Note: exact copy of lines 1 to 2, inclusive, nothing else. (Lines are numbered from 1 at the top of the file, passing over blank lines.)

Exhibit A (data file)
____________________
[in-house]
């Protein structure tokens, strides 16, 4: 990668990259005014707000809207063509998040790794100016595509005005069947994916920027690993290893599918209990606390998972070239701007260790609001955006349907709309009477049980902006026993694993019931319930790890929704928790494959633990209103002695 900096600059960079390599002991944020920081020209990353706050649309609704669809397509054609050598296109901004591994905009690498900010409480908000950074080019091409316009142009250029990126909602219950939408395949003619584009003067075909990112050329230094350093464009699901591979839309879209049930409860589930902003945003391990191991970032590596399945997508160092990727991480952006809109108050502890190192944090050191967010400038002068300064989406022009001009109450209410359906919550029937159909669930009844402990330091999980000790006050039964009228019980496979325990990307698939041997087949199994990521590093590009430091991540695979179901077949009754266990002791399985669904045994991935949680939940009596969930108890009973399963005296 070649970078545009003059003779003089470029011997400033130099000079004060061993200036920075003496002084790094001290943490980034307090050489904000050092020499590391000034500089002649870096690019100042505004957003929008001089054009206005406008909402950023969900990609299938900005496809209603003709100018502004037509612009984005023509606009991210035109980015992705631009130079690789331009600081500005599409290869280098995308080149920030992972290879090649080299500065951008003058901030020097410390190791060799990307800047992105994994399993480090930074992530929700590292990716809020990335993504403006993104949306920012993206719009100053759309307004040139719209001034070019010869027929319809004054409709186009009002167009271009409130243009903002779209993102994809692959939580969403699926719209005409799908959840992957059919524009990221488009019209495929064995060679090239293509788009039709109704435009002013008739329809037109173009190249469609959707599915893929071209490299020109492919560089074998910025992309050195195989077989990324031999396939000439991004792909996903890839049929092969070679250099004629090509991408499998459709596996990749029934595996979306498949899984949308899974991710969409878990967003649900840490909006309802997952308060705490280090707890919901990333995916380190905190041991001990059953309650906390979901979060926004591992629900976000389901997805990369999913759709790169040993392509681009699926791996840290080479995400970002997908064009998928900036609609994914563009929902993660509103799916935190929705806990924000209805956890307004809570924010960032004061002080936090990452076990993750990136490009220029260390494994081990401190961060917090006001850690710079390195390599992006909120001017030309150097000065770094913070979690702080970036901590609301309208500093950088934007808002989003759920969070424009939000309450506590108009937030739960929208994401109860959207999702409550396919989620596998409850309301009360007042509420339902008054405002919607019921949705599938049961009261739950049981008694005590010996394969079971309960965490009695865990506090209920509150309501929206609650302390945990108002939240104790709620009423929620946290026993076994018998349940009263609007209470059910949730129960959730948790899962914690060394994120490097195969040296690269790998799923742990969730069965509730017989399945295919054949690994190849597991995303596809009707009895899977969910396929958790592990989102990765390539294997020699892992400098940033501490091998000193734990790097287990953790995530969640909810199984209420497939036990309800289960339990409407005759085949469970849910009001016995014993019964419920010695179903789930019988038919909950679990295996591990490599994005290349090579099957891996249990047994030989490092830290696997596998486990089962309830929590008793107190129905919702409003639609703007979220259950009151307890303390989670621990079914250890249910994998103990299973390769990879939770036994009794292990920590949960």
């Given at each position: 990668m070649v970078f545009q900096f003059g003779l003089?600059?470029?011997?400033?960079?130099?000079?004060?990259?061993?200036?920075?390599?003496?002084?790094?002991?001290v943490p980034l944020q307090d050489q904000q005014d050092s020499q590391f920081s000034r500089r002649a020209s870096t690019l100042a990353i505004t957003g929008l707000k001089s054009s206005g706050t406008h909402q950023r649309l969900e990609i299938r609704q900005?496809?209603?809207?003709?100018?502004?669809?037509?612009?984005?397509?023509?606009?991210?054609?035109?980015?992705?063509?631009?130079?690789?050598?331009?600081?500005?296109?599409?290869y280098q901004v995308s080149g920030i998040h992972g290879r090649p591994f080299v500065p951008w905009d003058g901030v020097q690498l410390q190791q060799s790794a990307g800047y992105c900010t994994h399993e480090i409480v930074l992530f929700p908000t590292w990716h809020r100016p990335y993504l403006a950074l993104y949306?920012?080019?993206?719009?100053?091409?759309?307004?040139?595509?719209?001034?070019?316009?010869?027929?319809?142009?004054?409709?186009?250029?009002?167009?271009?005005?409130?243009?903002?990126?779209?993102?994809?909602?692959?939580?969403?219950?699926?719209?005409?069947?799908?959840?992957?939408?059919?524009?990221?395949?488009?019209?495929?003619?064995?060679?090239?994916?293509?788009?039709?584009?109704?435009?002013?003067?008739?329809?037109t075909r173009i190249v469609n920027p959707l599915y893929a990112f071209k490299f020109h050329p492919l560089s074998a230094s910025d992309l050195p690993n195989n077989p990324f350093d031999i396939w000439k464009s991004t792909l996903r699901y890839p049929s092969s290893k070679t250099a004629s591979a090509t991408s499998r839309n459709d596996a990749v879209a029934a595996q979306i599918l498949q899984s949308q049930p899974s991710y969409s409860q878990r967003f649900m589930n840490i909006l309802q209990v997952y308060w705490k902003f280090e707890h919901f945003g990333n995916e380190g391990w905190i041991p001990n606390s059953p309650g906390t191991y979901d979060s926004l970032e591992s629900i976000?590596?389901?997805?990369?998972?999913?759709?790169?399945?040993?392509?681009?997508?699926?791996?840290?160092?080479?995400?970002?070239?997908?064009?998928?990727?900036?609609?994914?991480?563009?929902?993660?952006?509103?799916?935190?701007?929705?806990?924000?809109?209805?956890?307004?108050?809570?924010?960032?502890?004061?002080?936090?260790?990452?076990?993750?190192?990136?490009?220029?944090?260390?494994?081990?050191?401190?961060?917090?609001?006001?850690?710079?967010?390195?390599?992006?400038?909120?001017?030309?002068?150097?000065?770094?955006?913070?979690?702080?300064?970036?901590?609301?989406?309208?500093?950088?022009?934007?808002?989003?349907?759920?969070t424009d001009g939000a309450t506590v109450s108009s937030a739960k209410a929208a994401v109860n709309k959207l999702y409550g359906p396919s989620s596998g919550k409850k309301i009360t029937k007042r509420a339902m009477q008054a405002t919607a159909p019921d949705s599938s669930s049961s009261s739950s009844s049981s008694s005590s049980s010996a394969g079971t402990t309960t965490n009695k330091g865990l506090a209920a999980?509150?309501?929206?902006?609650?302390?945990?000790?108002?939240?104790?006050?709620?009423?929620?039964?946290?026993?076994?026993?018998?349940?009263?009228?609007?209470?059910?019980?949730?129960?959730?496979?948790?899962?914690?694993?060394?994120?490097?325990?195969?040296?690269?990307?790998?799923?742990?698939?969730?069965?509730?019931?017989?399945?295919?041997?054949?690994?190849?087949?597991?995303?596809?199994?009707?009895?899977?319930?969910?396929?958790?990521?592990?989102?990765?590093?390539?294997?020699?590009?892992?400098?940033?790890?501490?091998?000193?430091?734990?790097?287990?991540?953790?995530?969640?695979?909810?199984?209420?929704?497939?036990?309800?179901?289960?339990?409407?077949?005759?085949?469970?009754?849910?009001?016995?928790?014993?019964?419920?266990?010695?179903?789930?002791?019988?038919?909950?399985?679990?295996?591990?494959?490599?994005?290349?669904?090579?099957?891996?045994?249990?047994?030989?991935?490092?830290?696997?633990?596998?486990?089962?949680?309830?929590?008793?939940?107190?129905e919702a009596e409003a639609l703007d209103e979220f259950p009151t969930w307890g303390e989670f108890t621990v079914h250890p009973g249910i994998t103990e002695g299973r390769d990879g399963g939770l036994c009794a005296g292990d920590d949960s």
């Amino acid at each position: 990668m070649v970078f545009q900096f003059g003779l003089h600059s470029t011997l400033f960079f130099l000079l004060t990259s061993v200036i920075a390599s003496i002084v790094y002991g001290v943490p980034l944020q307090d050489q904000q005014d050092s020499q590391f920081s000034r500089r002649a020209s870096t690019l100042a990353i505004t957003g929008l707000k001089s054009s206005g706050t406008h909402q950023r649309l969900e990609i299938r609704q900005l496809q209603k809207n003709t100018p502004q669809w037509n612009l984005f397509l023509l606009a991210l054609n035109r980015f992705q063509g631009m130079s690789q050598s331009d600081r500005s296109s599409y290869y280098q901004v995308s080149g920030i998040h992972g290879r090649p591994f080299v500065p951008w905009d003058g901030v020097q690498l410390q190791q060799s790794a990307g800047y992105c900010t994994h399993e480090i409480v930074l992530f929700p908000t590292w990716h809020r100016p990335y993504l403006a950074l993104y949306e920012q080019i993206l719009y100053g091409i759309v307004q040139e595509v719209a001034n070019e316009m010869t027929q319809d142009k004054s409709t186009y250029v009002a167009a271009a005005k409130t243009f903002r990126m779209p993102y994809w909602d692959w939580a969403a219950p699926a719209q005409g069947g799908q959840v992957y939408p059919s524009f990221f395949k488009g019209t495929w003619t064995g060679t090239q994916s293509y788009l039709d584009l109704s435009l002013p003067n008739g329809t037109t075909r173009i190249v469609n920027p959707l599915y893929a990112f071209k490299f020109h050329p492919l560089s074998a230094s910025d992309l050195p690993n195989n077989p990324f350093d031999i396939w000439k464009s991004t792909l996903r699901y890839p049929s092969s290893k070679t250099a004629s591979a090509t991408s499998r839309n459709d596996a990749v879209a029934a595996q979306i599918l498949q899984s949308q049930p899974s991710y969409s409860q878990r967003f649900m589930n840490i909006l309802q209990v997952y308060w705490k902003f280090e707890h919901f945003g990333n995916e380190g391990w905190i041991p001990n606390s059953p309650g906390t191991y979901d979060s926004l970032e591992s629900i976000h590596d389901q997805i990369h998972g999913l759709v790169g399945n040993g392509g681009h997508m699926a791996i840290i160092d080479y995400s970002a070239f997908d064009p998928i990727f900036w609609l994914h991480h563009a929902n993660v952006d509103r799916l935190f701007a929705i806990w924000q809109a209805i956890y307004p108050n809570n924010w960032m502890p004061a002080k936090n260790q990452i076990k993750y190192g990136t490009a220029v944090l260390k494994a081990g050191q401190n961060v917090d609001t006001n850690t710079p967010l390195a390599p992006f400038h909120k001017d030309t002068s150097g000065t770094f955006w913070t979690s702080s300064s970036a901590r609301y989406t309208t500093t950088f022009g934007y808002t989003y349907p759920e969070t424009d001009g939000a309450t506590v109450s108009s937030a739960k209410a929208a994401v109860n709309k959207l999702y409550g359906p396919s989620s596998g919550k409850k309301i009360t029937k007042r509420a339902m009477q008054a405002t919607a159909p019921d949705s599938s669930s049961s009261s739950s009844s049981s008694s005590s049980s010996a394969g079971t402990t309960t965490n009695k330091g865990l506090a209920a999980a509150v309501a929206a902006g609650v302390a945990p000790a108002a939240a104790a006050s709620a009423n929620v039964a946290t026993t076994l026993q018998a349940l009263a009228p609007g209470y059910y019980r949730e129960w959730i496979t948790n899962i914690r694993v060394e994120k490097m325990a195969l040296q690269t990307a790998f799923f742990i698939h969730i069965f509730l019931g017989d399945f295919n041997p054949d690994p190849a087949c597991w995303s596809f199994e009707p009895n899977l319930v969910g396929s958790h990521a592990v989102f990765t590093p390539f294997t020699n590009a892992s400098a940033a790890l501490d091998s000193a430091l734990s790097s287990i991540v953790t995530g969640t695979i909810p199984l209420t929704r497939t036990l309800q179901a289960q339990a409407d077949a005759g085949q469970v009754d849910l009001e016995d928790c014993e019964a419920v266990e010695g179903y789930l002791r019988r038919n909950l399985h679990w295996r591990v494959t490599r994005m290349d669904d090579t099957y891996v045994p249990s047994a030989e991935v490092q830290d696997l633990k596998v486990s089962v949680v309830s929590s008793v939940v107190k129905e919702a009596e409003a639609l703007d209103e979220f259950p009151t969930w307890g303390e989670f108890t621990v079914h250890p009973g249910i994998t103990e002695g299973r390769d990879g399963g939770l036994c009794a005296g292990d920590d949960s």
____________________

[in-house]
């Protein structure tokens, strides 16, 4: 990668990259005014707000809207063509998040790794100016595509005005069947994916920027690993290893599918209990606390998972070239701007260790609001955006349907709309009477049980902006026993694993019931319930790890929704928790494959633990209103002695 900096600059960079390599002991944020920081020209990353706050649309609704669809397509054609050598296109901004591994905009690498900010409480908000950074080019091409316009142009250029990126909602219950939408395949003619584009003067075909990112050329230094350093464009699901591979839309879209049930409860589930902003945003391990191991970032590596399945997508160092990727991480952006809109108050502890190192944090050191967010400038002068300064989406022009001009109450209410359906919550029937159909669930009844402990330091999980000790006050039964009228019980496979325990990307698939041997087949199994990521590093590009430091991540695979179901077949009754266990002791399985669904045994991935949680939940009596969930108890009973399963005296 070649970078545009003059003779003089470029011997400033130099000079004060061993200036920075003496002084790094001290943490980034307090050489904000050092020499590391000034500089002649870096690019100042505004957003929008001089054009206005406008909402950023969900990609299938900005496809209603003709100018502004037509612009984005023509606009991210035109980015992705631009130079690789331009600081500005599409290869280098995308080149920030992972290879090649080299500065951008003058901030020097410390190791060799990307800047992105994994399993480090930074992530929700590292990716809020990335993504403006993104949306920012993206719009100053759309307004040139719209001034070019010869027929319809004054409709186009009002167009271009409130243009903002779209993102994809692959939580969403699926719209005409799908959840992957059919524009990221488009019209495929064995060679090239293509788009039709109704435009002013008739329809037109173009190249469609959707599915893929071209490299020109492919560089074998910025992309050195195989077989990324031999396939000439991004792909996903890839049929092969070679250099004629090509991408499998459709596996990749029934595996979306498949899984949308899974991710969409878990967003649900840490909006309802997952308060705490280090707890919901990333995916380190905190041991001990059953309650906390979901979060926004591992629900976000389901997805990369999913759709790169040993392509681009699926791996840290080479995400970002997908064009998928900036609609994914563009929902993660509103799916935190929705806990924000209805956890307004809570924010960032004061002080936090990452076990993750990136490009220029260390494994081990401190961060917090006001850690710079390195390599992006909120001017030309150097000065770094913070979690702080970036901590609301309208500093950088934007808002989003759920969070424009939000309450506590108009937030739960929208994401109860959207999702409550396919989620596998409850309301009360007042509420339902008054405002919607019921949705599938049961009261739950049981008694005590010996394969079971309960965490009695865990506090209920509150309501929206609650302390945990108002939240104790709620009423929620946290026993076994018998349940009263609007209470059910949730129960959730948790899962914690060394994120490097195969040296690269790998799923742990969730069965509730017989399945295919054949690994190849597991995303596809009707009895899977969910396929958790592990989102990765390539294997020699892992400098940033501490091998000193734990790097287990953790995530969640909810199984209420497939036990309800289960339990409407005759085949469970849910009001016995014993019964419920010695179903789930019988038919909950679990295996591990490599994005290349090579099957891996249990047994030989490092830290696997596998486990089962309830929590008793107190129905919702409003639609703007979220259950009151307890303390989670621990079914250890249910994998103990299973390769990879939770036994009794292990920590949960």